§ All sections of the TOEFL exam are included.

ETSU On-line Registration:


VISIT the website for the ETSU

Office of Professional Development:

ETSU and Social Media


ETSU on Facebook:

ETSU International Students

The ETSU Youtube channel:

International scholarship playlist coming soon!

ETSU has an iTunes U page. Go to and click on "ETSU podcasts." Select the "international student scholarships" podcast to see testimonial videos from current ETSU international students, spoken in their first languages.


How I Got Into Harvard with Full Financial Aid

Ana Angelovska, a senior from NOVA high school in Macedonia, received a full scholarship at Harvard and shared her success story with high school students at the American Corner Skopje on April 29th, 2010.

Key points she mentioned that contributed to her getting accepted, other than academic performance and test scores, include:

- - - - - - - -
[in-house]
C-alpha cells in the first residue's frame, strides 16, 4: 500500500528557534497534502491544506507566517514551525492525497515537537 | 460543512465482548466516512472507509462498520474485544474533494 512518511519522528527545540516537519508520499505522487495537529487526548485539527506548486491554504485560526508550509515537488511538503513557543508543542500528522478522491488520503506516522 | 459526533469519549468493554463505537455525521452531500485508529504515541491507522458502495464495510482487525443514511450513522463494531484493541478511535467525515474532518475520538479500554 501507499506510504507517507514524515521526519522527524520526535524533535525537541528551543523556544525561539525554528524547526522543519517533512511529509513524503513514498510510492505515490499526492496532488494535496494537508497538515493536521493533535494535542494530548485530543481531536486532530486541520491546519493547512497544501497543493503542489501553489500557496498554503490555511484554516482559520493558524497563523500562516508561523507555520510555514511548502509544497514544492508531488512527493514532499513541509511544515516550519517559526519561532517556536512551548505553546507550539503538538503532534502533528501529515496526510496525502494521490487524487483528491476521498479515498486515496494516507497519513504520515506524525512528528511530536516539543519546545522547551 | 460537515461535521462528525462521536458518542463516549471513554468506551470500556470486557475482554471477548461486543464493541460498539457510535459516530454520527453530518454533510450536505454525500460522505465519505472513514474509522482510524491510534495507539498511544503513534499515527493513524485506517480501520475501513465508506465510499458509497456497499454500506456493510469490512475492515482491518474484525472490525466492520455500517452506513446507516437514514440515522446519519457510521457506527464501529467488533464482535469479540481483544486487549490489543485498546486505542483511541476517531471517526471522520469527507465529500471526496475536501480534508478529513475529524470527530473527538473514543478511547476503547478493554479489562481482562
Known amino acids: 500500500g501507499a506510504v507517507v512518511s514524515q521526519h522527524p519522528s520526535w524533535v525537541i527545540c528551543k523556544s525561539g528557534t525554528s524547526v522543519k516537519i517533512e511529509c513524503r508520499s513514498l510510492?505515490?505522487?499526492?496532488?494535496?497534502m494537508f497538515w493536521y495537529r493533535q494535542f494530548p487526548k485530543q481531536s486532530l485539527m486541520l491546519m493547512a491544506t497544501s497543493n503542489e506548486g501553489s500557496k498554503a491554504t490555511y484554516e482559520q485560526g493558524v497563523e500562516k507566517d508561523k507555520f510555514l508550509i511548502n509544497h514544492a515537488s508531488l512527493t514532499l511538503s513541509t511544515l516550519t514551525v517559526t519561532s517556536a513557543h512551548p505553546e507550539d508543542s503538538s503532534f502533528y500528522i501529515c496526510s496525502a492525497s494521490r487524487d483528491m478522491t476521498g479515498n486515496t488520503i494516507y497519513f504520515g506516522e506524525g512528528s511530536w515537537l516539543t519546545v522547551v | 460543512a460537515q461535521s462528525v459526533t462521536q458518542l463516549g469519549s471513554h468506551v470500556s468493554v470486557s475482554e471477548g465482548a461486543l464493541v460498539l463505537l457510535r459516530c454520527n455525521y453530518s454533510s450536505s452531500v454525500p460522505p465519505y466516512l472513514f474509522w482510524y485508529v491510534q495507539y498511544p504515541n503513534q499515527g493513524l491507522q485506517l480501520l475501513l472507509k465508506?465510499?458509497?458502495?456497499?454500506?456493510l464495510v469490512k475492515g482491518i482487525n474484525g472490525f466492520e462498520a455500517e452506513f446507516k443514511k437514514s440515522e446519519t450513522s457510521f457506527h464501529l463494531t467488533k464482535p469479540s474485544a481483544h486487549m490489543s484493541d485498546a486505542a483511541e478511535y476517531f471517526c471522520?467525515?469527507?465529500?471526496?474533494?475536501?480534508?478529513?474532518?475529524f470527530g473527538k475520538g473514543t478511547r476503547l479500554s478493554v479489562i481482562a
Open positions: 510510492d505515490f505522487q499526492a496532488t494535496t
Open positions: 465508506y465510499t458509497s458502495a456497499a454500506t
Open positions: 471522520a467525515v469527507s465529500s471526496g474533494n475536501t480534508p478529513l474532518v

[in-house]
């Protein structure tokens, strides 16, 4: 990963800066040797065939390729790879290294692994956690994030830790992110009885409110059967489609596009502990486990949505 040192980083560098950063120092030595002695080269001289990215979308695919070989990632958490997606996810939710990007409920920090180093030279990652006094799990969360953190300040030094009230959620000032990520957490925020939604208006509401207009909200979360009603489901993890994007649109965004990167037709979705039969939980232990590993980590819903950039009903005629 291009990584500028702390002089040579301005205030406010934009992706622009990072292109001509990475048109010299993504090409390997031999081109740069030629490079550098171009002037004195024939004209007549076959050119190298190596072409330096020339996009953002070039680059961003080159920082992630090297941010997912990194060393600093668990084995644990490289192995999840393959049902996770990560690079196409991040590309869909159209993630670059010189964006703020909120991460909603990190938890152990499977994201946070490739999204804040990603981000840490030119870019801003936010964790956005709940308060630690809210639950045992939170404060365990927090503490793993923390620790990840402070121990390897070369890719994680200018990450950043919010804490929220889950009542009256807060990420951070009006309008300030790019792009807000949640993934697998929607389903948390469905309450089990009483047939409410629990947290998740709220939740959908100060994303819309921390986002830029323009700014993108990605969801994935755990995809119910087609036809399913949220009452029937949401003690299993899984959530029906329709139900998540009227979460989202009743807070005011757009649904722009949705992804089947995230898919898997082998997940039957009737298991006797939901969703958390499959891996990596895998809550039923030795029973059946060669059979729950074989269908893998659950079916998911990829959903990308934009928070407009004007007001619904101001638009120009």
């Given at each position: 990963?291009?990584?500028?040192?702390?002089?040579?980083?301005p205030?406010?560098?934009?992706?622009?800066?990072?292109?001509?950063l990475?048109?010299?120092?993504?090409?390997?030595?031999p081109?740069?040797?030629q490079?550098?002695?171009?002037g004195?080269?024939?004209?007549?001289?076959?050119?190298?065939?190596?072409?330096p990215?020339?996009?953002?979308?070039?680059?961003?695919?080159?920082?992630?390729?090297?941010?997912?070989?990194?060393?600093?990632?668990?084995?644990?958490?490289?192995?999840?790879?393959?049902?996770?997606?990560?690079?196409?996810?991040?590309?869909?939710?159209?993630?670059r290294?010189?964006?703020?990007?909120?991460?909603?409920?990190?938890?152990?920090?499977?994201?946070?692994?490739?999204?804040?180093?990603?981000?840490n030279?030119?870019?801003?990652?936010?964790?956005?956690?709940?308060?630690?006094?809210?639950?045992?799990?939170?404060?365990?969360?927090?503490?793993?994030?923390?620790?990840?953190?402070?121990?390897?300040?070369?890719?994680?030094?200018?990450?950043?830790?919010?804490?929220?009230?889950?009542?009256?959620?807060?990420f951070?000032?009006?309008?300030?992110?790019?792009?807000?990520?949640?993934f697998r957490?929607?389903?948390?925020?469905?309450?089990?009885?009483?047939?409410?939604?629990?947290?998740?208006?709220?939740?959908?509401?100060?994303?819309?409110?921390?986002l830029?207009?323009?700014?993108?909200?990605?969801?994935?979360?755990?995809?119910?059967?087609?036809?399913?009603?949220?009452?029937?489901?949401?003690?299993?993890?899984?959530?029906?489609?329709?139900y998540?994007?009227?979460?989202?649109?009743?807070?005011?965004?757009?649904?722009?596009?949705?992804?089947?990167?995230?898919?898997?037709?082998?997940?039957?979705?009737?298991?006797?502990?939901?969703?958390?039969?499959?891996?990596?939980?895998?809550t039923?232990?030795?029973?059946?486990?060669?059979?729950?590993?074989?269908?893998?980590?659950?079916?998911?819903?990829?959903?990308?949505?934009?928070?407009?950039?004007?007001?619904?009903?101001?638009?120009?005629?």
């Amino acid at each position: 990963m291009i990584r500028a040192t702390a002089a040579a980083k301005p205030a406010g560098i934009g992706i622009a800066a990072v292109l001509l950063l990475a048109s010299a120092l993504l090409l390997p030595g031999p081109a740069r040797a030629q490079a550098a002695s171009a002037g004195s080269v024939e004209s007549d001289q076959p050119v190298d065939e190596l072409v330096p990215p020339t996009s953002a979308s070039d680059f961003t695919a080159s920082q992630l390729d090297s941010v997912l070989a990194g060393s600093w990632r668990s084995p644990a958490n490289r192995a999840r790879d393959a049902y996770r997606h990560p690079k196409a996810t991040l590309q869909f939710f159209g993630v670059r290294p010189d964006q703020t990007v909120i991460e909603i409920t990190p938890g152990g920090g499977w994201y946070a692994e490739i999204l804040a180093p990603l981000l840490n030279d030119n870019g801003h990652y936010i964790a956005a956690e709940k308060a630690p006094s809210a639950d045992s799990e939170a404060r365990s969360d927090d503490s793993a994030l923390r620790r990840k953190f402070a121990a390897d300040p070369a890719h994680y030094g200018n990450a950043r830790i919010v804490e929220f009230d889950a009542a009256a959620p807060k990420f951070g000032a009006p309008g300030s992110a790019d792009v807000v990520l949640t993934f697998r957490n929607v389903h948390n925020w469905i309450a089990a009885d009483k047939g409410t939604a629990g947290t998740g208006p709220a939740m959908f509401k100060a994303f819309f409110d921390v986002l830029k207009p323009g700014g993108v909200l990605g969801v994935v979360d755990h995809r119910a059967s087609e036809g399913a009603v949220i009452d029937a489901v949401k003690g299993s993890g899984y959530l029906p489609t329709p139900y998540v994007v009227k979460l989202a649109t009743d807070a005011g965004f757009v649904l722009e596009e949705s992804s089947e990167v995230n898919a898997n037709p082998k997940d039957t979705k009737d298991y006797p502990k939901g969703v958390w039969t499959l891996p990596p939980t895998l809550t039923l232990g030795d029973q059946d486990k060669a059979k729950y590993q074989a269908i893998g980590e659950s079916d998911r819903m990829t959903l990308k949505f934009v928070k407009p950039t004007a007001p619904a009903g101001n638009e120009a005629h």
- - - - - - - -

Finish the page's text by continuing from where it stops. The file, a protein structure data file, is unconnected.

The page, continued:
– a carefully crafted personal statement;

– obtaining references from several sources, including: teachers, her college counselor, and a community service coordinator;

– highlighting her volunteer and community service experiences as extracurricular activities.

What was the biggest challenge for Ana?


For me, the most challenging admission process was the writing of the supplements, because some schools do not make interviews, and those supplements are the only glimpse of your personality that you input in your applications. All of the rest is grades and data.”

She recommends starting your college search early and devoting enough time to prepare the application package.


Watch the video at:


Enter the ExchangesConnect "Share Your Story" Contest and win

Alumni of exchange programs are invited to submit their stories regarding their exchange experience on the social networking site of the Bureau of Educational and Cultural Affairs.

If your story is chosen to be published, you will receive an ExchangesConnect T-shirt and will have a chance to win a Flip Video Camcorder.

For contest rules, and to submit your story, visit: